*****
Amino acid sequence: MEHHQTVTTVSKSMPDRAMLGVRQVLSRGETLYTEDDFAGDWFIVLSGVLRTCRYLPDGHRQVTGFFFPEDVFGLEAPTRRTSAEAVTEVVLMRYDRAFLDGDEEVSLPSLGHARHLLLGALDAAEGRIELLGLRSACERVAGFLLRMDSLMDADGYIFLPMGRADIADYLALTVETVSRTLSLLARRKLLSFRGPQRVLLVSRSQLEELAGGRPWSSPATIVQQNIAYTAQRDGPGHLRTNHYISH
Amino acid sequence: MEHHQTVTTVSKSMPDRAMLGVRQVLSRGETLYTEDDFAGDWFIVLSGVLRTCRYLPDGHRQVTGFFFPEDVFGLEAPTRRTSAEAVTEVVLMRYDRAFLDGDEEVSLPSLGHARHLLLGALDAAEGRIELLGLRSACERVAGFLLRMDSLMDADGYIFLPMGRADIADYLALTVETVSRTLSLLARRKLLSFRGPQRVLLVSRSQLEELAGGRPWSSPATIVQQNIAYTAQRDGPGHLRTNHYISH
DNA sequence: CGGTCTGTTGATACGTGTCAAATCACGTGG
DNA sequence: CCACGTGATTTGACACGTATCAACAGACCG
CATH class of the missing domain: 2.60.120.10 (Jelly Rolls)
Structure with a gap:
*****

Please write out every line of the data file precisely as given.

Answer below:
Amino acid sequence: MEHHQTVTTVSKSMPDRAMLGVRQVLSRGETLYTEDDFAGDWFIVLSGVLRTCRYLPDGHRQVTGFFFPEDVFGLEAPTRRTSAEAVTEVVLMRYDRAFLDGDEEVSLPSLGHARHLLLGALDAAEGRIELLGLRSACERVAGFLLRMDSLMDADGYIFLPMGRADIADYLALTVETVSRTLSLLARRKLLSFRGPQRVLLVSRSQLEELAGGRPWSSPATIVQQNIAYTAQRDGPGHLRTNHYISH
Amino acid sequence: MEHHQTVTTVSKSMPDRAMLGVRQVLSRGETLYTEDDFAGDWFIVLSGVLRTCRYLPDGHRQVTGFFFPEDVFGLEAPTRRTSAEAVTEVVLMRYDRAFLDGDEEVSLPSLGHARHLLLGALDAAEGRIELLGLRSACERVAGFLLRMDSLMDADGYIFLPMGRADIADYLALTVETVSRTLSLLARRKLLSFRGPQRVLLVSRSQLEELAGGRPWSSPATIVQQNIAYTAQRDGPGHLRTNHYISH
DNA sequence: CGGTCTGTTGATACGTGTCAAATCACGTGG
DNA sequence: CCACGTGATTTGACACGTATCAACAGACCG
CATH class of the missing domain: 2.60.120.10 (Jelly Rolls)
Structure with a gap: